Army-funded researchers demonstrated a machine learning approach that corrects quantum information in systems composed of photons, improving the outlook for deploying quantum sensing and quantum communications technologies on the battlefield.
When photons are used as the carriers of quantum information to transmit data, that information is often distorted due to environment fluctuations destroying the fragile quantum states necessary to preserve it.
Researchers from Louisiana State University exploited a type of machine learning to correct for information distortion in quantum systems composed of photons. Published in Advanced Quantum Technologies, the team demonstrated that machine learning techniques using the self-learning and self-evolving features of artificial neural networks can help correct distorted information. This results outperformed traditional protocols that rely on conventional adaptive optics.
"We are still in the fairly early stages of understanding the potential for machine learning techniques to play a role in quantum information science," said Dr. Sara Gamble, program manager at the Army Research Office, an element of U.S. Army Combat Capabilities Development Command, known as DEVCOM, Army Research Laboratory. "The team's result is an exciting step forward in developing this understanding, and it has the potential to ultimately enhance the Army's sensing and communication capabilities on the battlefield."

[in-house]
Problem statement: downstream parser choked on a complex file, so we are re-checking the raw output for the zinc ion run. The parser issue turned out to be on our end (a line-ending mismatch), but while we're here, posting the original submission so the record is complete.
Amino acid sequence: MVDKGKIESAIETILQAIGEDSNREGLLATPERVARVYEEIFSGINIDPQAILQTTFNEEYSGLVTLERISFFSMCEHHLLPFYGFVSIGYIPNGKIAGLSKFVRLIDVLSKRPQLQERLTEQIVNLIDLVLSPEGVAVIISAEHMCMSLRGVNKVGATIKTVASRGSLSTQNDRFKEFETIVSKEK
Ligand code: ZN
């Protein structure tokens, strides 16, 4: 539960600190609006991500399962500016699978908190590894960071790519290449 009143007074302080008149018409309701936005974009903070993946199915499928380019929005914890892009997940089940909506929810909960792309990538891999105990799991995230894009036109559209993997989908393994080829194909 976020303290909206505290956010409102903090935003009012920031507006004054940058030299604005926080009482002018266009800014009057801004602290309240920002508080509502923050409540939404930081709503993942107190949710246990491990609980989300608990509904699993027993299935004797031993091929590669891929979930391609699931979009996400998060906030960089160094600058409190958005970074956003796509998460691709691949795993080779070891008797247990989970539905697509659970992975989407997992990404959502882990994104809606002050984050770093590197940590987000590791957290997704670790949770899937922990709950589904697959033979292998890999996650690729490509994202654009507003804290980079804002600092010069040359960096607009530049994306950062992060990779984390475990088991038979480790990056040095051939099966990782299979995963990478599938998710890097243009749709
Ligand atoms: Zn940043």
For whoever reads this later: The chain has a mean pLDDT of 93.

For this research, the team used a type of neural network to correct for distorted spatial modes of light at the single-photon level.
"The random phase distortion is one of the biggest challenges in using spatial modes of light in a wide variety of quantum technologies, such as quantum communication, quantum cryptography, and quantum sensing," said Narayan Bhusal, doctoral candidate at LSU. "Our method is remarkably effective and time-efficient compared to conventional techniques. This is an exciting development for the future of free-space quantum technologies."
According to the research team, this smart quantum technology demonstrates the possibility of encoding of multiple bits of information in a single photon in realistic communication protocols affected by atmospheric turbulence.
"Our technique has enormous implications for optical communication and quantum cryptography," said Omar Magaña Loaiza, assistant professor of physics at LSU. "We are now exploring paths to implement our machine learning scheme in the Louisiana Optical Network Initiative to make it smart, more secure, and quantum."
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